** Pulled out plants from the front bed by the street that were inappropriate (got too tall and flopped) and planted shorter, more appropriate plants instead

** Moved the Brugmansias out of the garage onto the driveway

** Put in a new flagstone and gravel path to serve as a short-cut through the front bed along the street (photos to come in a future post)

** Took out the lilac bushes (technically I hired a strapping young lad to do this, but it counts)

Empty hole where lilacs used to be


Still to do:

** At least three more beds still need weeding and cutting back

I ignored this bramble last year when it appeared, now it has popped up again this year as well as 10 feet away and even more vigorous than before

** The Great Migration of Plants

** Plant onion starts in the raised vegetable beds

Six pots of onion starts -- why didn't I bring a couple of pots to the swap? Now *I* have to plant them all!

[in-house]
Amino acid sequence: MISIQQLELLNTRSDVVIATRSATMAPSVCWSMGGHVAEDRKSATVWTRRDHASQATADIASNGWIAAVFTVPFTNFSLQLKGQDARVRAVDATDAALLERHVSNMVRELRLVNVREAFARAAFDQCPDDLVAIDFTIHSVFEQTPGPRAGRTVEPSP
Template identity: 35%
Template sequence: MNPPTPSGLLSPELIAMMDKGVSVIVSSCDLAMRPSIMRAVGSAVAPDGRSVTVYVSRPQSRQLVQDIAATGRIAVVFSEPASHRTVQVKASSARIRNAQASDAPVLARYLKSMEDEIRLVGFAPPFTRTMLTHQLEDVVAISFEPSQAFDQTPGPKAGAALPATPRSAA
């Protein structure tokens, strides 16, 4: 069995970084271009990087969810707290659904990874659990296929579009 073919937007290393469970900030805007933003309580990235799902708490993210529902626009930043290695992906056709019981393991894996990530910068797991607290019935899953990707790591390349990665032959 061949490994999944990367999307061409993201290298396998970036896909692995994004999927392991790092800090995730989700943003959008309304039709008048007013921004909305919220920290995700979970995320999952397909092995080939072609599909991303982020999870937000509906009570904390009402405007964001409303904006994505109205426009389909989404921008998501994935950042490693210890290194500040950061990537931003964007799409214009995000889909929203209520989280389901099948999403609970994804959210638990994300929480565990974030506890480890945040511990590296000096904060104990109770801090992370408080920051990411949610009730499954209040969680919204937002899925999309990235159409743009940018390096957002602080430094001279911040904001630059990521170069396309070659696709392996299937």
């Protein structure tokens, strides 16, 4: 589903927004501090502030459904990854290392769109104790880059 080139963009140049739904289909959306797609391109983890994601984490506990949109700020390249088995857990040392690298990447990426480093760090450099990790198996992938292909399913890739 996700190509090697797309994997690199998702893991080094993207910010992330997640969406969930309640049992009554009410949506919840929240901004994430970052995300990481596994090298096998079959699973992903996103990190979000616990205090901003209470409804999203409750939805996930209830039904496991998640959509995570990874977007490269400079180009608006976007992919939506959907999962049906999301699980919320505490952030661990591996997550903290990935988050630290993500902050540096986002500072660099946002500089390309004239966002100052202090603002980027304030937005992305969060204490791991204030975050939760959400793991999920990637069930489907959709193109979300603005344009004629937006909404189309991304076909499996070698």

** Freshen the soil and fertilize the Brugs

** Plant more new plants in the front bed by the street

** Plant new shrubs and perennials where the lilacs were removed

** Renovate the gravel garden

The gravel garden has gotten wildly overgrown and weed-infested

** Install two more gravel paths

One gravel path will go through here and continue in back of the stream

A second path will curve around this tree and to the left

** Plant, plant, plant

** Stop hoarding plants

I have too many trays of plant starts set aside for use "some day"

While weeding I found a bunch of self-sown red-leafed Euphorbia, but I couldn't just toss them into the yard waste bin like shotweed

When I pruned one of my rosemary shrubs I found three branches that had rooted, so I had to pot them up

Two of those trays contain Pacific Coast Iris divisions, which have been hanging around for a while now (I bring them to swaps in groups of threes and sixes, I'd be embarrassed to bring them all at once)

These daylily clumps aren't even in pots! What's wrong with me?

So, how's progress in your garden? Are you as anal-retentive as I am?

12 comments: